Should Ohio restrict or expand the number of charter schools? On Thursday, Charles E. Wilson, Associate Professor at The Ohio State University Moritz College of Law, and James Callender, a former State Representative and partner at the law firm Buckley King, set out to answer that question at a Moritz College of Law debate.
The event began with an overview of the history of charter schools and charter law in Ohio by Callender. Callender traced the development of charter schools by detailing the origins of the law and its transformation over the years.
Wilson sparked debate by offering nine reasons why he opposes the expansion of charter schools. After citing issues like the diverting of funds from district-run public schools, the national and state-wide low rate of success, and the scandals that have plagued Ohio charters, Wilson concluded Ohio should restrict the number of charter schools in the state rather than increase it.
Callender countered Wilson’s arguments by questioning the premise that public schools are entitled to the entirety of Ohio education funding. Regarding the low rate of success among charter schools, he noted the lack of success of district-run public schools. In response to the assertion that charter schools are saturated by scandals, Callender admitted, “There’s been some successes and some spectacular failures.” Callender blamed those failures, however, on the failing charter schools’ sponsors and identified the Ohio Department of Education as the common sponsor in those cases.
After the initial debate, several audience members brought up well-publicized charter school scandals as well as personal struggles within the system. Wilson used these examples to bolster his claims while Callender saw them as exceptions instead of the rule. Callender promised to close down those schools.
Other audience members were surprised at the incivility displayed by Callender. "I thought his conduct was very offensive and unbecoming for a lawyer," stated Moritz College of Law Visiting Professor Edwin Hood. "I certainly did not expect to see so many ad hominem attacks at a law school debate. His rhetoric was the type of rhetoric that basically prevents full and adequate discussion of the issues."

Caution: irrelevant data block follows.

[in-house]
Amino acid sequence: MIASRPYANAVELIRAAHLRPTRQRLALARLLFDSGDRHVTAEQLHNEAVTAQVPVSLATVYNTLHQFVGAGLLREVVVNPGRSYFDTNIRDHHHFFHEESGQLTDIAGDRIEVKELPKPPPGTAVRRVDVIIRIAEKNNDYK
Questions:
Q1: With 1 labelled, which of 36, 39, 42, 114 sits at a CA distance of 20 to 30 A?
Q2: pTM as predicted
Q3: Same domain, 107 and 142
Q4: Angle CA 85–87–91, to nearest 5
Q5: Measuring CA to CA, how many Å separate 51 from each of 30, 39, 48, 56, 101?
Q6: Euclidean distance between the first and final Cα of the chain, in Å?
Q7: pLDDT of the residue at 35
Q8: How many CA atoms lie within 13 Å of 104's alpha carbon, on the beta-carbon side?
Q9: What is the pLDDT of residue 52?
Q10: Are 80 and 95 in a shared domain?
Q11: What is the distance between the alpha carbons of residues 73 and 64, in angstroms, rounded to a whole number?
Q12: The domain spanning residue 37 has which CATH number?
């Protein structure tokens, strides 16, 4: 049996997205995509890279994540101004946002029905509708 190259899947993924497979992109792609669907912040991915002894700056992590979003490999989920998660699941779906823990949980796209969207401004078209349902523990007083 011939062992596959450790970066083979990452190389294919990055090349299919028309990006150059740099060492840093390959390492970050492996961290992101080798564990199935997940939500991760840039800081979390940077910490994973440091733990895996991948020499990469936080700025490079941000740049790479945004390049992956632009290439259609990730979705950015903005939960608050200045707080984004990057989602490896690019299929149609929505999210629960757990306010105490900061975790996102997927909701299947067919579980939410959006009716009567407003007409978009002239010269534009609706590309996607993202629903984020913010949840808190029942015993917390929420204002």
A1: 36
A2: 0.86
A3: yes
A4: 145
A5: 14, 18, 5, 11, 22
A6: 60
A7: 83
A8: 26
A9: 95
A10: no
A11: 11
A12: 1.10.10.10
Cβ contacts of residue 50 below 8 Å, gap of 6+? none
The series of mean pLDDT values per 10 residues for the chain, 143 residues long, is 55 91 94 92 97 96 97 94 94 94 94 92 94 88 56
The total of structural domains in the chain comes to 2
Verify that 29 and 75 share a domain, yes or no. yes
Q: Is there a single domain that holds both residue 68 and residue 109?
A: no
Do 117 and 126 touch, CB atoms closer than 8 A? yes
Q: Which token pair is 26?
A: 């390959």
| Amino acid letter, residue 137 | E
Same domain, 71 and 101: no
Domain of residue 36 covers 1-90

Moritz College of Law student Ann Yackshaw added, “The basic split between Wilson and Callender centered on how they characterized the funding of charter schools. Two very different interpretations of the same facts. If you think the money is being ‘taken’ from public schools, of course, you'll be less charitable to charters, but if you think the money is held in common, then that problem subsides. I felt like because they couldn't agree on this fundamental point, they spent a lot of time talking past each other.”
Wilson and Callender also disagreed about the fundamental principles that underlie public education reform and funding. Callender promoted the ideas of competition and the free market in order to give parents a choice in education. Wilson countered this position by stating, “I don’t believe competition is appropriate in public education. With competition, you have winners and losers. I don’t think any kid should be a loser in the public education system.”
Moritz Education Law Society member Skylar de Jong remarked, “I thought the debate was eye-opening as to the need for alternative solutions to traditional schools, but also to some of the faults that come with charter schools. Neither party had a full-proof solution. It became apparent there is likely no silver bullet that can take care of all the public education problems.”